Hip Pain in Runners and Athletes – Could it be Bursitis?

By Dr. Brandon Clark, joint surgeon at Northern Arizona Orthopaedics (as previously posted in Flagstaff Business News, June 2018, Columnists section)

Runners painful hip could be bursitis
HIp pain in runners is a common problem.


A common hip conditions that affect active people and athletes is bursitis. Bursae are small, jelly-like sacs that are located throughout the body.  They are found around the shoulder, elbow, hip, knee, and heel. They contain a small amount of fluid and are positioned between bones and soft tissues.  The act as cushions to help reduce friction between bony prominences and the nearly by ligaments and tendons.  There are two primary bursae in the hip that often become irritated and inflamed. One bursa covers the bony point of the outer hip bone; the other is located on the inside (groin side) of the hip.

If you are a physically active person and involved in activities such as running, cycling, or playing tennis inflammation around the hip bursa can happen due to the rubbing of thick tendons against bone.  Running even a single mile involves thousands of strides. This repetitive action can take a toll on the body, causing runner’s bursitis, especially in the hips.

A primary symptom of bursitis is


on the outside of the hip, which is worse during activities such as running, climbing stairs, squatting, prolonged walking, getting out of a car, getting up after sitting for a while and at night when lying on the affected hip. The pain will gradually get worse over time and may radiate down the outside of the thigh.  The area will likely be tender when pressing on it. In the early stages, the pain is often described as sharp and intense. Over time it may become a pain dull ache. The area may also feel warm.

Hip bursitis is most common in athletes such as runners, women and middle-aged or elderly people. Women are more prone to develop bursitis in the hip than men because women turn and rotate their hips more when active. Acute, or short-lived, bursitis is usually brought on by an accident or injury, such as a fall. Chronic, or long-term, bursitis is primarily caused by overuse, putting constant stress and irritation on the joint. Chronic bursitis can also be caused by other conditions such as arthritis, gout and diabetes. Other factors include age, weight, leg length, illness or infection such as a Staph infection, and Scoliosis.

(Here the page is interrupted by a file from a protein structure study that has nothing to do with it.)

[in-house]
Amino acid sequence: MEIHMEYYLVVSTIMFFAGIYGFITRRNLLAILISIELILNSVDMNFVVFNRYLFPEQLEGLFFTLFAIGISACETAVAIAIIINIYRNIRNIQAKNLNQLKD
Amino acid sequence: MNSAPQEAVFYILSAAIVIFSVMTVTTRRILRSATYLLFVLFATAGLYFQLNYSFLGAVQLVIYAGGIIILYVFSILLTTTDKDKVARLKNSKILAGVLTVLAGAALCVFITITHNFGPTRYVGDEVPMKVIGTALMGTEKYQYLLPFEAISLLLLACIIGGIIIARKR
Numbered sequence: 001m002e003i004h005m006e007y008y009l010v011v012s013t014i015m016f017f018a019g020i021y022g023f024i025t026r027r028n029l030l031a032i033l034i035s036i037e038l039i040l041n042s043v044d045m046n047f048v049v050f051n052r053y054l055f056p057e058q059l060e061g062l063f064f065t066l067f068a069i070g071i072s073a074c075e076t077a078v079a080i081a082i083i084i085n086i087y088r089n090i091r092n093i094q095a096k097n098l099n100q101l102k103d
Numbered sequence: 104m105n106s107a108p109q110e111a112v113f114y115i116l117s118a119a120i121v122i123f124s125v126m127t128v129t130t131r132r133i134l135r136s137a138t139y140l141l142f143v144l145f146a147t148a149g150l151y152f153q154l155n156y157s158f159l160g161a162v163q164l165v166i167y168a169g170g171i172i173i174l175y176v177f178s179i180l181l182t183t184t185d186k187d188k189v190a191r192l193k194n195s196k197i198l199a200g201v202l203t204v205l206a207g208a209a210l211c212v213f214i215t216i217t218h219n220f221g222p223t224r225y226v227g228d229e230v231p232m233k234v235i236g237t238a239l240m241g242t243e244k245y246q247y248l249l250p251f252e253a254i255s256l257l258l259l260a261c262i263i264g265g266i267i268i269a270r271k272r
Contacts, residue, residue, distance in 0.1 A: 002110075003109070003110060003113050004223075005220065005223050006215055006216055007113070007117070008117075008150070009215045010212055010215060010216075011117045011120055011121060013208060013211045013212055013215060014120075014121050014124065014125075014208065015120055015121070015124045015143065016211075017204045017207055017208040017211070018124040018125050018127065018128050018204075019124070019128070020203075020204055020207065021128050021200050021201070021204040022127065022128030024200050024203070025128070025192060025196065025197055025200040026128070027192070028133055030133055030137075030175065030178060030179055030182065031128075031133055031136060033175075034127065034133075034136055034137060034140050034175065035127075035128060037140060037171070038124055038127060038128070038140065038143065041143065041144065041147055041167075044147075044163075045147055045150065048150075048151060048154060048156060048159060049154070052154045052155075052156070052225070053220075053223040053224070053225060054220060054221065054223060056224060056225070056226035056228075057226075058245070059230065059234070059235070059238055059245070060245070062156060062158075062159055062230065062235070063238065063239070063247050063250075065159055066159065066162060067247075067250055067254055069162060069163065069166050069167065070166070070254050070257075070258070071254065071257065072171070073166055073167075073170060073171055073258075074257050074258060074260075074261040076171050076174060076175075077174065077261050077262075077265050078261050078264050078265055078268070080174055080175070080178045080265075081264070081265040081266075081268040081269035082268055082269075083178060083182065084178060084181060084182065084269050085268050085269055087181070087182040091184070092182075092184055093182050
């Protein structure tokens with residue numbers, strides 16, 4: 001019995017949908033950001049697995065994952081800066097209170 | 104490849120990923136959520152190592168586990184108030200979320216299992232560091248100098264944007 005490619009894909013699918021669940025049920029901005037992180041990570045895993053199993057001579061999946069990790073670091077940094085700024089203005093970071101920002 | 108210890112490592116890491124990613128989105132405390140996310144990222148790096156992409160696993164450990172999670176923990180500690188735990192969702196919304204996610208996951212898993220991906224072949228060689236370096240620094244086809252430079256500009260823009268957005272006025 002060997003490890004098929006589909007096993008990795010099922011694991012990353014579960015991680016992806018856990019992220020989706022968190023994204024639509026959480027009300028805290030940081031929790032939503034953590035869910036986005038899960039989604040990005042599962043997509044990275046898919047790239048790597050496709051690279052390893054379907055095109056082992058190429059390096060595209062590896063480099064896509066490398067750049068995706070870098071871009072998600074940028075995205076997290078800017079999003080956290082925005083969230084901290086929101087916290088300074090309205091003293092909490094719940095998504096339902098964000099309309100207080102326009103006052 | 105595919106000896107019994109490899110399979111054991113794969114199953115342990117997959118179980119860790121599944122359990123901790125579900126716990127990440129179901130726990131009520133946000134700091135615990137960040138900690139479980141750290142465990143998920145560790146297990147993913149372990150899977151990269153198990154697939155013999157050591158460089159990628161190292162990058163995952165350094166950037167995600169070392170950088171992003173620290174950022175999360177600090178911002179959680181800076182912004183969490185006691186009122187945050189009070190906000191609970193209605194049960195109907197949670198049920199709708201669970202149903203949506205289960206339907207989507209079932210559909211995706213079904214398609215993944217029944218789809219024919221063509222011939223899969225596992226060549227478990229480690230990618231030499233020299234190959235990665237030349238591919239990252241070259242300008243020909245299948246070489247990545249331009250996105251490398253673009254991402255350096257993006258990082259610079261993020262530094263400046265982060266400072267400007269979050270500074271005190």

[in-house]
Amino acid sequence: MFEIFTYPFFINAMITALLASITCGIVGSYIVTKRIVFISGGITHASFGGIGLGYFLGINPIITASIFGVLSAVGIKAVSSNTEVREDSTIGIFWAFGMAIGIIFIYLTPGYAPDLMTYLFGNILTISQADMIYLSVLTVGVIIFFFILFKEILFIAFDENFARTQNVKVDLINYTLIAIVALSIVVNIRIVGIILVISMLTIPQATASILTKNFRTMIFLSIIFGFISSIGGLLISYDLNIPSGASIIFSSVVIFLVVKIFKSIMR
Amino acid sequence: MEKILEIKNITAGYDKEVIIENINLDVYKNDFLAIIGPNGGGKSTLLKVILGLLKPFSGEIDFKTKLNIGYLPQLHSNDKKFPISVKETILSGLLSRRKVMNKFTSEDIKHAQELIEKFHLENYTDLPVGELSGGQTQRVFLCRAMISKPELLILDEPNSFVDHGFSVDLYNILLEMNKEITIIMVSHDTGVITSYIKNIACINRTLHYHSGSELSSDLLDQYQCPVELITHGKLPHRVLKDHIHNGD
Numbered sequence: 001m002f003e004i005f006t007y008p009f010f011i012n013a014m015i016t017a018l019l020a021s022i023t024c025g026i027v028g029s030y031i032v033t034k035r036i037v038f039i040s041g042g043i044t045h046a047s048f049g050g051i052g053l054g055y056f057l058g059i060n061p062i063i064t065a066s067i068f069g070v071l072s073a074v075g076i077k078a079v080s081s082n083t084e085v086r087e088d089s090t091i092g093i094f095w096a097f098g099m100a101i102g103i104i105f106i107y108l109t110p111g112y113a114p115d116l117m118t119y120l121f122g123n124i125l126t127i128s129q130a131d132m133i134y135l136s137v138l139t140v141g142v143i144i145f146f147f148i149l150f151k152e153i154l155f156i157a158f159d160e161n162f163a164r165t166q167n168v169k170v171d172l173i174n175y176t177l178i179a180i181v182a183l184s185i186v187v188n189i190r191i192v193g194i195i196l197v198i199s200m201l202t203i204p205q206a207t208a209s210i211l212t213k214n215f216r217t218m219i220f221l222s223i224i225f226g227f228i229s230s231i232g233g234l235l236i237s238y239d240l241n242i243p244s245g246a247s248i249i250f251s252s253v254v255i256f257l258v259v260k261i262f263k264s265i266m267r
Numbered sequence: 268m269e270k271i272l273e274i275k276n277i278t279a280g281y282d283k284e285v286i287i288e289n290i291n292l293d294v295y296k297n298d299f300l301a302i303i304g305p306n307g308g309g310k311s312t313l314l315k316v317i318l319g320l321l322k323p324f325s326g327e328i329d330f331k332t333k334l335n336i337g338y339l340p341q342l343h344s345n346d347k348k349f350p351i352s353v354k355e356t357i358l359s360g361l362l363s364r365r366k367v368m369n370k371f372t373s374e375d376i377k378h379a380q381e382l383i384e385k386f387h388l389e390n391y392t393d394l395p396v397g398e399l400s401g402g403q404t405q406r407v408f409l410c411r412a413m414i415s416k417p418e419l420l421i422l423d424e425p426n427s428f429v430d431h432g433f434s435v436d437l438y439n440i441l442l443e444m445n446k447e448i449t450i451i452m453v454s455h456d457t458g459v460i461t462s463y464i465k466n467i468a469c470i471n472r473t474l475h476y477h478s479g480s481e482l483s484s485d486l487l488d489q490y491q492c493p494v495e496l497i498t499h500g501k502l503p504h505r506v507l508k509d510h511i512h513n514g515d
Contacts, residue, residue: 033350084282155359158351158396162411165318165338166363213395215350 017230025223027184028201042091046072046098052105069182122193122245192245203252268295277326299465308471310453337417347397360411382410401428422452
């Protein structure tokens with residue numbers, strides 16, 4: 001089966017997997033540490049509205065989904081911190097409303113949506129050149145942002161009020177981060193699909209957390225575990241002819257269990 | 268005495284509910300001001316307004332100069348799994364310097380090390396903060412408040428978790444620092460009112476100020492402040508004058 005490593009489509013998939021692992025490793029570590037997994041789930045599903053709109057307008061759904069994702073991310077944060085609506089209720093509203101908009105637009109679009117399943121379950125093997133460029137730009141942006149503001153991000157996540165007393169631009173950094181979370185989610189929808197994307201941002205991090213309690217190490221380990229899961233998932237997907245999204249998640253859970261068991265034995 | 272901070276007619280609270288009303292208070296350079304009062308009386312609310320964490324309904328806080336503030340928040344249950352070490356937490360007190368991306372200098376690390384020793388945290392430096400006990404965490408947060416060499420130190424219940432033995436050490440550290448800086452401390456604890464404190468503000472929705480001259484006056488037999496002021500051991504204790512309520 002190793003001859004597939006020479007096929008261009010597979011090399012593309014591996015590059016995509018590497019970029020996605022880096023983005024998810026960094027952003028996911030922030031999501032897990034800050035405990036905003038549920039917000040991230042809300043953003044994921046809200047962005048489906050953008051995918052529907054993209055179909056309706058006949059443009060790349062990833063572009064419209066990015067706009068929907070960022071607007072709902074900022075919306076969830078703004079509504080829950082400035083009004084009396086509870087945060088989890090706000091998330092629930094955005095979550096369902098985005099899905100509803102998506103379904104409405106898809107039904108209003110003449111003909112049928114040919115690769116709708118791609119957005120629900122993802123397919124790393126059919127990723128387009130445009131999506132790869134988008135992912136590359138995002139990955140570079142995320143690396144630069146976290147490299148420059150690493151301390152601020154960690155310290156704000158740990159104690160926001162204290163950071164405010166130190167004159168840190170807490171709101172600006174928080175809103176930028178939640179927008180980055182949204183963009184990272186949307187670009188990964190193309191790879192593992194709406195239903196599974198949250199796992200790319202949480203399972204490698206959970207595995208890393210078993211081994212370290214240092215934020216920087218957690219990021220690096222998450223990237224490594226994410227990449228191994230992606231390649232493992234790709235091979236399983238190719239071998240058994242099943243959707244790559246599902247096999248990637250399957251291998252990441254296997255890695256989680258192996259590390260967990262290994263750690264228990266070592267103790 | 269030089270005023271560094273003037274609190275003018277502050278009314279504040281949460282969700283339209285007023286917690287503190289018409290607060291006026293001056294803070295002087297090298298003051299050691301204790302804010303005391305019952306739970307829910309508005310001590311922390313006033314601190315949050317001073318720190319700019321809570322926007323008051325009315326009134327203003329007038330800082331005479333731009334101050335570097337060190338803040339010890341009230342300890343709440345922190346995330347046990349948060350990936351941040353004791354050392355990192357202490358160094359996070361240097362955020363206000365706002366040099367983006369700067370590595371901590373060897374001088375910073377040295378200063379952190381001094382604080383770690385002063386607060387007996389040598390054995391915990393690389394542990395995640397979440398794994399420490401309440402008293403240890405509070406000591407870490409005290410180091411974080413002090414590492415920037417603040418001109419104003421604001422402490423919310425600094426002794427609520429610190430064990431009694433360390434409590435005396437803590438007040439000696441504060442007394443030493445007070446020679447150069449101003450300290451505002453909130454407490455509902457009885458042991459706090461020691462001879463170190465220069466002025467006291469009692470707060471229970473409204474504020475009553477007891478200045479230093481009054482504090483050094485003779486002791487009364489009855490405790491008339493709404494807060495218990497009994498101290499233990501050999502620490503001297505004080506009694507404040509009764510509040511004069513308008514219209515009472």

Bursitis can be difficult to diagnose because it shares symptoms with other injuries. Getting a proper diagnosis requires getting a comprehensive exam with a physician.  Imaging tests such as X-ray and magnetic resonance imaging (MRI) are commonly used to evaluate hip pain and conditions such as arthritis, stress fractures, and tendon or labral tears.

Bursitis is treatable and requires patience to heal the area. Many can experience relief with simple lifestyle changes such as:

  • Avoiding activities caused and irritate the area.
  • Taking non-steroidal anti-inflammatory drugs such as ibuprofen, naproxen, piroxicam, celecoxib, etc. can help relieve pain and control inflammation.
  • Using a walking stick, cane or crutches to help decrease joint movement
  • Working with a physical therapist to strengthen and stretch the hip and supportive muscles; massage, rolling therapy, ice, heat and ultrasound may be used.
  • Steroid injections directly into the bursa can be diagnostic and therapeutic. If the injection relieves the pain, then the hip bursa was likely the cause of the discomfort and the local steroid will help calm inflammation. If pain and inflammation return, other injections may be needed.


After all non-surgical treatments have been tried, surgery to remove the bursa may be necessary. The latest surgical advancements allow the orthopaedic surgeon to remove the bursa arthroscopically through two small, quarter-inch incisions. A small camera, or arthroscope, is placed in one incision so the surgeon can see and guide the use of miniature surgical instruments that enter the hip through the other small incision. This surgery is less invasive, and recovery is quicker and less painful.

Most patients are up and walking around the evening after surgery, with rehabilitation following for a few days to weeks. The soreness usually goes away after a few days. Using a cane, limiting activity and working with a physical therapist can further promote healing and decrease future injury.

Although hip bursitis cannot always be prevented, there are things you can do to prevent the pain and inflammation from getting worse:

  • Avoid repetitive activities that put stress on the hips
  • Maintain strength and increase flexibility
  • Lose weight if need
  • Wear properly fitting shoes

Understanding and caring for your body are key components of a long and happy run and life. Don’t push through the pain; rather, see a physician who specializes in treating orthopaedic conditions.